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How $500M in federal infrastructure money is being spent in Colorado

The state’s share of the 10-year, $1.2 trillion federal infrastructure act has mostly gone to water resources and scientific innovation
Nearly 1,000 feet of welded pipe lays next to the Arkanasa Valley Conduit ditch in eastern Pueblo County. Upon completion, the 130-mile long project will deliver filtered water to as many as 40 communities and 50,000 people in southeastern Colorado. (Mike Sweeney, Special to the Colorado Sun)

Colorado projects and programs have so far netted $496 million in federal infrastructure funds, with the bulk going to water resources and scientific innovation, according to data from the U.S. Department of Interior.

The Infrastructure Investment and Jobs Act, passed in 2021, authorizes spending of $1.2 trillion over 10 years.

About $4 billion in funding has gone to the Mountain West, including the nearly half-a-billion dollars in Colorado, according to an analysis by the nonprofit Center for Western Priorities.

Nationally, $8 billion has been awarded to 1,458 projects scattered across all the states and five U.S. territories, according to the Interior Department data.

The largest Colorado award was $167 million for a new Energy and Minerals Research Center being built at the Colorado School of Mines. The U.S. Geological Survey will pay for the remaining cost of the $240 million facility.

When the center is completed it will house researchers from the school and the USGS.

In addition, $627,000 in infrastructure funds were allocated to programs aimed at reconnaissance and inventory of critical minerals.

Combined those awards accounted for nearly three-quarters of all the infrastructure law scientific innovation grants in the county, according to Interior Department data.

“This is a unique investment in Colorado in Earth mapping and critical minerals research,” Kate Groetzinger, a Center for Western Priorities spokeswoman, said.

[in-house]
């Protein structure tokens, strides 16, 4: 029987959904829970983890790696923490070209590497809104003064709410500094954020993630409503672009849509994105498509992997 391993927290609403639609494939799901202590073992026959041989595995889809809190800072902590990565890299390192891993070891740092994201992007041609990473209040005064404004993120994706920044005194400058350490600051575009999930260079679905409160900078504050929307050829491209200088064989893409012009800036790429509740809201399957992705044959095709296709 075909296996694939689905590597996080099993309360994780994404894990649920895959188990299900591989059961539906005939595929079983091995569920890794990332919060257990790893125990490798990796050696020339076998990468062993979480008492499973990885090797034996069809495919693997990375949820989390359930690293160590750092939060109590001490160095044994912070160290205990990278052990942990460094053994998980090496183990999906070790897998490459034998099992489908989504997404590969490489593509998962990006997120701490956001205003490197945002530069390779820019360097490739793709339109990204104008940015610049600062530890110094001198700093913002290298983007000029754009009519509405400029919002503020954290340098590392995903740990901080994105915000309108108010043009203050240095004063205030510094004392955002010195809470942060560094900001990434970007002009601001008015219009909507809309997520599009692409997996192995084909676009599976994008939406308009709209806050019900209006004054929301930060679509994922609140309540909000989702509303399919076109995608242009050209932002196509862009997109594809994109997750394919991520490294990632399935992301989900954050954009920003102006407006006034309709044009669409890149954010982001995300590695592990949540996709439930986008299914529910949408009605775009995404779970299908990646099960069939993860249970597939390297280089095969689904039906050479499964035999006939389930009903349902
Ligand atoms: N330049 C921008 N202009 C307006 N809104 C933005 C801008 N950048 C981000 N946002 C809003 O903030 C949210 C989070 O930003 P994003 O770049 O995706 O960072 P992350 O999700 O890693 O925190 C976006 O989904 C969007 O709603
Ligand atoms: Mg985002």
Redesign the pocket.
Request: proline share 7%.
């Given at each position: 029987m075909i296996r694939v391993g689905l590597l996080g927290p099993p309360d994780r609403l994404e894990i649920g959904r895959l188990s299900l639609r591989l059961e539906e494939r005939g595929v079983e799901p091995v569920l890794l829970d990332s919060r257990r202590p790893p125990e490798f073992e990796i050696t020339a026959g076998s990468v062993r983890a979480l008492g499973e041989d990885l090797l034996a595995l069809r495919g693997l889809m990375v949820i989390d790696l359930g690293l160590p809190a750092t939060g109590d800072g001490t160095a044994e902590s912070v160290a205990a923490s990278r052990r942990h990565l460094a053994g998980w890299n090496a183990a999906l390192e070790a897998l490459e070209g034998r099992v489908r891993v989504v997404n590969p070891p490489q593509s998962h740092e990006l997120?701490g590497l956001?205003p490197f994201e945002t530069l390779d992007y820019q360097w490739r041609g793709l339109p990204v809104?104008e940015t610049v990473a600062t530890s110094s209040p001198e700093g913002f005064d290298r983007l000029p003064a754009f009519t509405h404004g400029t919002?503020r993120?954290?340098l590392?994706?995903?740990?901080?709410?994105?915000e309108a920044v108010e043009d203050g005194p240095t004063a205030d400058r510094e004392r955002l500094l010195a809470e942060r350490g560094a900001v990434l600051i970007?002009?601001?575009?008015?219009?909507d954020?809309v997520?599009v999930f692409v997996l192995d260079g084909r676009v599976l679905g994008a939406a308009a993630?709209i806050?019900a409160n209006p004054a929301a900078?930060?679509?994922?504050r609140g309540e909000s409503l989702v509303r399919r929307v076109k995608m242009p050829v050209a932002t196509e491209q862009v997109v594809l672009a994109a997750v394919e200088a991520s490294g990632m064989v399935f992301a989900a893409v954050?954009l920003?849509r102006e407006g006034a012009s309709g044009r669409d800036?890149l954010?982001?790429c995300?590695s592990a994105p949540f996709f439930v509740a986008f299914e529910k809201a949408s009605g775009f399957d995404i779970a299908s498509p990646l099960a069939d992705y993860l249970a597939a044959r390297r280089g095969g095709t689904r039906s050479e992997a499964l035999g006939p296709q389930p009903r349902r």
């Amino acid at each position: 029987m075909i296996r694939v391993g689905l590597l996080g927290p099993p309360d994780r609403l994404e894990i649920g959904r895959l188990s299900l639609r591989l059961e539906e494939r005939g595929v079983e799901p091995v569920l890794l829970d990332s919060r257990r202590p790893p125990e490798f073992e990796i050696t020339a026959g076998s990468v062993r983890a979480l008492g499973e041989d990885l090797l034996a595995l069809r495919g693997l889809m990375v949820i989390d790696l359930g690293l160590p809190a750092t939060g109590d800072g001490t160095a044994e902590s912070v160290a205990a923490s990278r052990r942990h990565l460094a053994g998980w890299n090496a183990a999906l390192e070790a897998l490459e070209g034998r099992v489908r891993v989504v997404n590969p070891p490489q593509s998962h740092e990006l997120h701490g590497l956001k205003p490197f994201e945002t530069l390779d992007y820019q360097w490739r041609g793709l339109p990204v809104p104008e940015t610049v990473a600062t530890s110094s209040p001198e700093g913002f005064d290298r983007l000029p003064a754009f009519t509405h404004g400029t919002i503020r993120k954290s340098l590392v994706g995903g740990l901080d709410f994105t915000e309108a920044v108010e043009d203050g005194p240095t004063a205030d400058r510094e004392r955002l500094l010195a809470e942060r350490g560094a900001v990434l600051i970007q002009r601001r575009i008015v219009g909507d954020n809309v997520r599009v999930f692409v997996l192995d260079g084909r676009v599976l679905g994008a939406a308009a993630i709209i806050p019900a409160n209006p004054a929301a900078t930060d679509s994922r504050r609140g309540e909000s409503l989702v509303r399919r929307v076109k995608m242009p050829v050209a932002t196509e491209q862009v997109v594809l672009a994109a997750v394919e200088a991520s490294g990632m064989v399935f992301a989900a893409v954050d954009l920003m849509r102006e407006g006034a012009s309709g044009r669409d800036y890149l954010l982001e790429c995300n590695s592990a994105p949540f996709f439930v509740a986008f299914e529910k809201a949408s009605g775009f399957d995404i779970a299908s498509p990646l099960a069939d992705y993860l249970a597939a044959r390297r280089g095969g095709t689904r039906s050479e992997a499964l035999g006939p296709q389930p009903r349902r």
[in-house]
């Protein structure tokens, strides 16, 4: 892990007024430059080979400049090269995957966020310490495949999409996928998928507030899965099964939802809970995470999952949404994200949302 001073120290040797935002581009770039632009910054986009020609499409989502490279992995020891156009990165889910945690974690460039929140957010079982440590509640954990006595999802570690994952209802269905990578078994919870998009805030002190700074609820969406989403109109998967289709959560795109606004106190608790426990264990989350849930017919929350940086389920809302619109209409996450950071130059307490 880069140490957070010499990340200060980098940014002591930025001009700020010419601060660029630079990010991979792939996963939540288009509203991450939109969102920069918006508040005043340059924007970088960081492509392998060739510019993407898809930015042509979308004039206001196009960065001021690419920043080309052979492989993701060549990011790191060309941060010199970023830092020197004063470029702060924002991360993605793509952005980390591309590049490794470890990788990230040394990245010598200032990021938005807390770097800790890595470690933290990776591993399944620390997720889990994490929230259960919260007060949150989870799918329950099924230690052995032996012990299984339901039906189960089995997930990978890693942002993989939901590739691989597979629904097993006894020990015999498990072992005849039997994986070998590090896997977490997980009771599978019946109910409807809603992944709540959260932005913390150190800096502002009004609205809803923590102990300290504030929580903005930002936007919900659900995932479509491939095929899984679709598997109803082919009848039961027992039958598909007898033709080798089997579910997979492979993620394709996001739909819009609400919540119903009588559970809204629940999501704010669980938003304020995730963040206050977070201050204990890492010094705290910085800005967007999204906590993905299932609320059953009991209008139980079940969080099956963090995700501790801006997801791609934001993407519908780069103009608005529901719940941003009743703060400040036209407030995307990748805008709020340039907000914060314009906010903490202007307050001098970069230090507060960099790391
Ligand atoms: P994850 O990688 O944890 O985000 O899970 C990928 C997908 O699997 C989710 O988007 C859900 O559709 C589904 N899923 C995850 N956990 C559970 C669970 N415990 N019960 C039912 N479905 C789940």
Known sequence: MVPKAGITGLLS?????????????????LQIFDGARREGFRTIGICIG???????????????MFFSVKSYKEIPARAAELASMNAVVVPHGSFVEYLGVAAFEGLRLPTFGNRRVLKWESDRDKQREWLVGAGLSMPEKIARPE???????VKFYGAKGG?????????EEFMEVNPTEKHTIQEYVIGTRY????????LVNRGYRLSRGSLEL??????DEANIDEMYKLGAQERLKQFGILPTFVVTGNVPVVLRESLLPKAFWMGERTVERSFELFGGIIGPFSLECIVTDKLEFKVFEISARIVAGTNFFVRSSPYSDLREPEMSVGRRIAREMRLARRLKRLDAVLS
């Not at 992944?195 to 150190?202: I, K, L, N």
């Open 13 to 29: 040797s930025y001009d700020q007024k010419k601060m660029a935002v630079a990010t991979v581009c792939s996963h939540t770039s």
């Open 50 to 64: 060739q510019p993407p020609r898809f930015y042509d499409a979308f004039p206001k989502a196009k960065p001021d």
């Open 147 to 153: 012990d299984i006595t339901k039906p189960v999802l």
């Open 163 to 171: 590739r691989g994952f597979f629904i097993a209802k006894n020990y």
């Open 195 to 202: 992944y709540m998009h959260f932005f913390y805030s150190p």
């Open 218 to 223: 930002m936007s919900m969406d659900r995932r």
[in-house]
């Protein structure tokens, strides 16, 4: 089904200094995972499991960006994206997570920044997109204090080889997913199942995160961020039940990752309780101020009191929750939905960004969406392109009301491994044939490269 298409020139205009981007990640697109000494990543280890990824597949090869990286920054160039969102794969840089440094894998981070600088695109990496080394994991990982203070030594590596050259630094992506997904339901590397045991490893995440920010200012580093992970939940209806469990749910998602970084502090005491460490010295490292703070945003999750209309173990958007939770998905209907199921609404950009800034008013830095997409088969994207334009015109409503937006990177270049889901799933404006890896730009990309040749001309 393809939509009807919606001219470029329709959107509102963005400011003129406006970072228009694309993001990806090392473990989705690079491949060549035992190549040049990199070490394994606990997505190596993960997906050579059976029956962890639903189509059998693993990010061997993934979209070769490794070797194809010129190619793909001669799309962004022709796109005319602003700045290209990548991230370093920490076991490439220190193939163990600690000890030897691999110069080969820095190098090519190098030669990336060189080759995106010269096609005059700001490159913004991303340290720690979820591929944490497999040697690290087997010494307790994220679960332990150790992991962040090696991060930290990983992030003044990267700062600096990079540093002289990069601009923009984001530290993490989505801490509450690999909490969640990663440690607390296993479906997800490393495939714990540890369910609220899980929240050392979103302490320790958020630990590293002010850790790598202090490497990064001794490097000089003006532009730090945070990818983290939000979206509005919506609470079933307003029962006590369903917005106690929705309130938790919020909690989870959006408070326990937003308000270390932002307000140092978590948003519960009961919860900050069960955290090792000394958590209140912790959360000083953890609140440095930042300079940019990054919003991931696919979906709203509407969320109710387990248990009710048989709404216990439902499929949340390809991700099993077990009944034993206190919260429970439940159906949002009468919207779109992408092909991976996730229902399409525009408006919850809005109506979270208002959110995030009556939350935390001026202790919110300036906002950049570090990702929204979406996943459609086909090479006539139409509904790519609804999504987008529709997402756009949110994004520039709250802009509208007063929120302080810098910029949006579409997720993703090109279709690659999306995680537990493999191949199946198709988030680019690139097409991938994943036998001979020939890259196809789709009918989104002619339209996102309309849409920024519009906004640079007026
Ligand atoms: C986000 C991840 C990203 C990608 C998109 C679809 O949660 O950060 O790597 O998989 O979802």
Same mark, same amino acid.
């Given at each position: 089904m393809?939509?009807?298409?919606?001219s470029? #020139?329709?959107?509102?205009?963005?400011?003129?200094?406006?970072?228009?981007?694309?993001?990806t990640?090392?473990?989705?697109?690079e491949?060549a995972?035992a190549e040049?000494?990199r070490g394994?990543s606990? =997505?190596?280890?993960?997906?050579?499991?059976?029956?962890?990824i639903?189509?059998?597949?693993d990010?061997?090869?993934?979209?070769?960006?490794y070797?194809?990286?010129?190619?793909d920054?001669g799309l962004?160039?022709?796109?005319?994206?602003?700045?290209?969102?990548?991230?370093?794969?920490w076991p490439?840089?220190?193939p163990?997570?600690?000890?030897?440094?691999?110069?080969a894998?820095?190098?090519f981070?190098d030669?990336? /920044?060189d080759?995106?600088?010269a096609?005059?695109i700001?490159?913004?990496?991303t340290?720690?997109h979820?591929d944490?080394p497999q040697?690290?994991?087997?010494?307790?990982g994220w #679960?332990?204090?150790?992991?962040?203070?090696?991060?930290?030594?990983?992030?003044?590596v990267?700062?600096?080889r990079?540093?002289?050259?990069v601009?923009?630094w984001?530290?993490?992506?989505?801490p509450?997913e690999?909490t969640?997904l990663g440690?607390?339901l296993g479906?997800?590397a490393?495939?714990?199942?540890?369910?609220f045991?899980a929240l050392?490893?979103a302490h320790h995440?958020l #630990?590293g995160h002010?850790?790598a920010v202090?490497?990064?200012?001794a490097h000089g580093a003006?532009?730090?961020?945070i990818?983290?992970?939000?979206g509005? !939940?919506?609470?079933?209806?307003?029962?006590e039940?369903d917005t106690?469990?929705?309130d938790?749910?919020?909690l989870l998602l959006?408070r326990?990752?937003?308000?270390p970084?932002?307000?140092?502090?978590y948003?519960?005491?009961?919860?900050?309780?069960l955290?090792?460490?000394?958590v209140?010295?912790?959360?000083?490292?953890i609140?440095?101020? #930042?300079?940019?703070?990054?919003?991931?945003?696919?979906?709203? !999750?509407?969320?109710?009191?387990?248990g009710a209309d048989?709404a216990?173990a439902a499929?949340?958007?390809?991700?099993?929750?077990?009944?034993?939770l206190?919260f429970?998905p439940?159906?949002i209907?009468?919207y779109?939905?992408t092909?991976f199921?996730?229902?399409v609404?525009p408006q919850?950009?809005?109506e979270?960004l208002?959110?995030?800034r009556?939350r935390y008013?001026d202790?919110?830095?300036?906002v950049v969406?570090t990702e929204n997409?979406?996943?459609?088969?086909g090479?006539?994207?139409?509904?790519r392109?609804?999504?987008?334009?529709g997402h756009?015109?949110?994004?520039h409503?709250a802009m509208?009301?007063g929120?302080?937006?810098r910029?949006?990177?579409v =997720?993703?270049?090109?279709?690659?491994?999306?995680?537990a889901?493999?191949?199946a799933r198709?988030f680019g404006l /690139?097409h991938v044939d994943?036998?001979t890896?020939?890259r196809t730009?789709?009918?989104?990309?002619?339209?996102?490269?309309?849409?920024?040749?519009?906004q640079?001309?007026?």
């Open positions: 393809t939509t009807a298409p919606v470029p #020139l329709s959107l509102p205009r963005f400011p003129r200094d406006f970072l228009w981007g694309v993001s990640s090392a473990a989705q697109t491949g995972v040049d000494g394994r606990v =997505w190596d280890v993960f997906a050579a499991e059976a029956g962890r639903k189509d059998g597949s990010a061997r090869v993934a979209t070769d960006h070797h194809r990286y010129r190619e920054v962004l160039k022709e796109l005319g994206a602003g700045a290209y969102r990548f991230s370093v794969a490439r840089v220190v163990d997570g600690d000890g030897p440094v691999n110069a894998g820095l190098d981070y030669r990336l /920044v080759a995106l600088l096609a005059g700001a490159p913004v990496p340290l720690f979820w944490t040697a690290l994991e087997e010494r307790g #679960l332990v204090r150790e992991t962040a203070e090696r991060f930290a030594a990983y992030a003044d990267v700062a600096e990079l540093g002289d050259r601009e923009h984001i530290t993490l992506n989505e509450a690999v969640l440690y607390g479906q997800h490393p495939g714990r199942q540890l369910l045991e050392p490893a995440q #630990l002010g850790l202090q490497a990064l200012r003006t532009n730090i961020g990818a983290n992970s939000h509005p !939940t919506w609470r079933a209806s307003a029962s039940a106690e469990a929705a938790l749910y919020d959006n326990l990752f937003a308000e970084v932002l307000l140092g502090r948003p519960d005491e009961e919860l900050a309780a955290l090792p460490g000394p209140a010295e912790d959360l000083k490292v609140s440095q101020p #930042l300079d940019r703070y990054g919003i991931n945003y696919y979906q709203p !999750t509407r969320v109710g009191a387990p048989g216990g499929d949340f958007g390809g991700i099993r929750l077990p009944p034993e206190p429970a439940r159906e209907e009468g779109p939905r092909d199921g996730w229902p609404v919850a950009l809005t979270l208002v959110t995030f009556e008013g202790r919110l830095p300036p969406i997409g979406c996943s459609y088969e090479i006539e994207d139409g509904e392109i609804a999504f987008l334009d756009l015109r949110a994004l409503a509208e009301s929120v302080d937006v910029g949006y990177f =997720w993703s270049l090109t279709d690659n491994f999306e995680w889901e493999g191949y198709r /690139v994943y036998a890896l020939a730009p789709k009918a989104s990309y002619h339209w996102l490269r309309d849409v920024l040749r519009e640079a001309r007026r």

Water projects – both restoring waterways and handling drinking and wastewater – is another heavily funded area.

Eighteen projects, totaling $248 million, are seeking to address drought, the report said, either through upgrading aging infrastructure or adding new water and irrigation projects.

The Arkansas Valley Conduit, a 130-mile pipeline to serve 40 communities east of Pueblo, has received $160 million in infrastructure funds. The $600 million project, financed through federal and local funds, broke ground in April.

An upgrade and overhaul of the water treatment plant for Leadville Mine Drainage Tunnel received $56 million. The plant, operated by the U.S. Bureau of Reclamation, has been treating acid mine drainage filled with heaving metals, such as lead, zinc and iron, since 1991.

“This funding will allow us to replace aging infrastructure that is critical for continued protection of the water resources of the Arkansas River, benefiting both the river itself, as well as the people who rely on it,” Jeff Reiker, the bureau’s Eastern Colorado Area office manager, said when the grant was first announced in May.

There were 22 ecosystem restoration grants including $6.4 million for fish screens on the upper Colorado River and $88,000 for upper Colorado River habitat restoration.

Watershed restoration of the upper Animas River received a $160,000 grant, Dolores River restoration received $85,000, the San Miguel Wet Meadow restoration $210,000 and Gunnison Basin restoration program received $945,000.

There was also $435,000 in funding for hazard mitigation at Rocky Flats National Wildlife Refuge, south of Boulder.

Arizona has received the most in infrastructure funds, $504 million for 73 projects. The largest grant was $109 million for the design and construction of a rural water system for the White Mountain Apache Tribe.

Among the eight Mountain West states – Colorado, New Mexico, Wyoming, Utah, Montana, Nevada, Arizona and Idaho – the infrastructure act disbursed almost $100 million for wildfire management, with Colorado receiving $13.1 million.

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